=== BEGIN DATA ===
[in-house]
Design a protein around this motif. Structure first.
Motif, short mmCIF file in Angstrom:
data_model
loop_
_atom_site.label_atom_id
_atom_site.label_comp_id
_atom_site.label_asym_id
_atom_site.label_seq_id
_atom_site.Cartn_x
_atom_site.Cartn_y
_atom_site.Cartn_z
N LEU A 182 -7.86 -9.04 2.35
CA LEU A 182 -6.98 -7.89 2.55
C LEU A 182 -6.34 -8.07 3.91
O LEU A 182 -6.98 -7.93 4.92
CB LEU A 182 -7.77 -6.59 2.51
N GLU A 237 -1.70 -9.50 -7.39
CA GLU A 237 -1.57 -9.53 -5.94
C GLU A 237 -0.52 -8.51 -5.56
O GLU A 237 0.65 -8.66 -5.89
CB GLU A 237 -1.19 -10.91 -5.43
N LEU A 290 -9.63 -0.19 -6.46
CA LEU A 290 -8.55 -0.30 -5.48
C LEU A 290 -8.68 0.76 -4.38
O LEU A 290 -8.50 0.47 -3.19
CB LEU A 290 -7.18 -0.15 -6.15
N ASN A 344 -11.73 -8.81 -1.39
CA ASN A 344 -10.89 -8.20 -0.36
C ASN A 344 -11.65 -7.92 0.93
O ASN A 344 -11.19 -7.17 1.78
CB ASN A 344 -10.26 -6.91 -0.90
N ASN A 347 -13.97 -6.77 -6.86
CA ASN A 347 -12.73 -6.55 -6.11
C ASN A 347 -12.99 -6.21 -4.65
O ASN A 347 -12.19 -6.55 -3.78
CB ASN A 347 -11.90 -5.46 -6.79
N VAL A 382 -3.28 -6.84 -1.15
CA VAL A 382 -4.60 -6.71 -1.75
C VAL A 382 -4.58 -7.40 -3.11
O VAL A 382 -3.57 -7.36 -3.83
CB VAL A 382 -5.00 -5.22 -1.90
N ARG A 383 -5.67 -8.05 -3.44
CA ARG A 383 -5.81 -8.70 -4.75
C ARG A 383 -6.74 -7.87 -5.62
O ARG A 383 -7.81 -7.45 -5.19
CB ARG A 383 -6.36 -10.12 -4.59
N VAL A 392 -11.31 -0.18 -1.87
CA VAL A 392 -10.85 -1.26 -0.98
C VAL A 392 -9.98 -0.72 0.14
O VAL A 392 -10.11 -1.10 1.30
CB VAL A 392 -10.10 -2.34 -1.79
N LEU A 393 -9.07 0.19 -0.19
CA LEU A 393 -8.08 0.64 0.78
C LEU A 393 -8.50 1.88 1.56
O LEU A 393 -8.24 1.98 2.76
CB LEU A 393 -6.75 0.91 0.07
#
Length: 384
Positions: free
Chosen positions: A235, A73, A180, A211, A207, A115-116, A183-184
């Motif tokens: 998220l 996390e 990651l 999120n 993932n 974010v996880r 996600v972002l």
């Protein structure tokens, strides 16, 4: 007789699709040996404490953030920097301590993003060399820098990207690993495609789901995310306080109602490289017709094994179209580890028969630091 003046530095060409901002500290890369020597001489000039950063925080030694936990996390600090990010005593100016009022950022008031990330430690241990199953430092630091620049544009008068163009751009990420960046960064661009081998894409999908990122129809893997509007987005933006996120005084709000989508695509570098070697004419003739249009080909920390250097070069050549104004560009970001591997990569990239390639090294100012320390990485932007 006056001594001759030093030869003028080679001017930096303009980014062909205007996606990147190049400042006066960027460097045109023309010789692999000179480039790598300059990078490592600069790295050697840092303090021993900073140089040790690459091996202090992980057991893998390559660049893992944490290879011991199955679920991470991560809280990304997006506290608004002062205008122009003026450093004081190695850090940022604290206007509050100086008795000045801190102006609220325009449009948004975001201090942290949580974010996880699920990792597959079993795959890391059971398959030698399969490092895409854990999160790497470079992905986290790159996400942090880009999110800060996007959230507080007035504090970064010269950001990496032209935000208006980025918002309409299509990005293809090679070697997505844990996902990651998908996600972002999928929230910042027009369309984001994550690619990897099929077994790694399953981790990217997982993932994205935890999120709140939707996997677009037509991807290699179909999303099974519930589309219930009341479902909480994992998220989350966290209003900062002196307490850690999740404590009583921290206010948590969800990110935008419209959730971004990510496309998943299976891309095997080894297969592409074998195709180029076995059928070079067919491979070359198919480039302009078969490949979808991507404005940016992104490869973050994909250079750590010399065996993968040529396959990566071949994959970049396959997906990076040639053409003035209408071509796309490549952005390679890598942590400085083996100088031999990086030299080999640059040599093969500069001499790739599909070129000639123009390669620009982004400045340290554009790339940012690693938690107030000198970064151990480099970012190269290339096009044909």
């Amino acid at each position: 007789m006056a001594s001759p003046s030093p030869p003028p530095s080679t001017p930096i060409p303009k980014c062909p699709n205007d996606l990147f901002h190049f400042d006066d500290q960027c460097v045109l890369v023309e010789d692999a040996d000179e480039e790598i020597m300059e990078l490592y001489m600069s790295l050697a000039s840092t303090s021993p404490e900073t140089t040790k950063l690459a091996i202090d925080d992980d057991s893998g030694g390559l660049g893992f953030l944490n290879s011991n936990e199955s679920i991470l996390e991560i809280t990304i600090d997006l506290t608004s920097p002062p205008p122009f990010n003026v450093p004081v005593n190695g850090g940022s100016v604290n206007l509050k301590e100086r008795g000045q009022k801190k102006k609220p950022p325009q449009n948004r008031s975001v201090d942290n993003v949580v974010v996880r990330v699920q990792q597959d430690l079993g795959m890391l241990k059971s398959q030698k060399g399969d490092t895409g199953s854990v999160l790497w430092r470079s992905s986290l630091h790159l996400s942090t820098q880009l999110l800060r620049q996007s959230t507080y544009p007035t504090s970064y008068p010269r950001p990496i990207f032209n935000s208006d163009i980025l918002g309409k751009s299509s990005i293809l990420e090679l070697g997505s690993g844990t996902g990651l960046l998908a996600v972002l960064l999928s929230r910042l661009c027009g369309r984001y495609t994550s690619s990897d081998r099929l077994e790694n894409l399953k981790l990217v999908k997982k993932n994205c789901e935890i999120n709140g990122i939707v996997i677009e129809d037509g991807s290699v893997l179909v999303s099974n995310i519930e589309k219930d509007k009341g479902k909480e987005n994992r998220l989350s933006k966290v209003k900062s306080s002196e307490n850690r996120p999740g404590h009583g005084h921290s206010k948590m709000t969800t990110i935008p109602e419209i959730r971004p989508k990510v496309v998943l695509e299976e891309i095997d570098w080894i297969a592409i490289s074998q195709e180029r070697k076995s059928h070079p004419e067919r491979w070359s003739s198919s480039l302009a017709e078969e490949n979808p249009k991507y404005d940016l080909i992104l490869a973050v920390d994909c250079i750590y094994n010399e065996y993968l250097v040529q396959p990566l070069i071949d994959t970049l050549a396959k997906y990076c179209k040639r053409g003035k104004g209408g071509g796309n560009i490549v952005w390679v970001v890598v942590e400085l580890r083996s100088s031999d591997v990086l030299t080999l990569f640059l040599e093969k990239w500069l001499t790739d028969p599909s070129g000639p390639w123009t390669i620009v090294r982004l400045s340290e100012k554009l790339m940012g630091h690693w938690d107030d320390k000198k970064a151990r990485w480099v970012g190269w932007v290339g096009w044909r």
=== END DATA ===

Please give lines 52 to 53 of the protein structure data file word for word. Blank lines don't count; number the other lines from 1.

CB VAL A 392 -10.10 -2.34 -1.79
N LEU A 393 -9.07 0.19 -0.19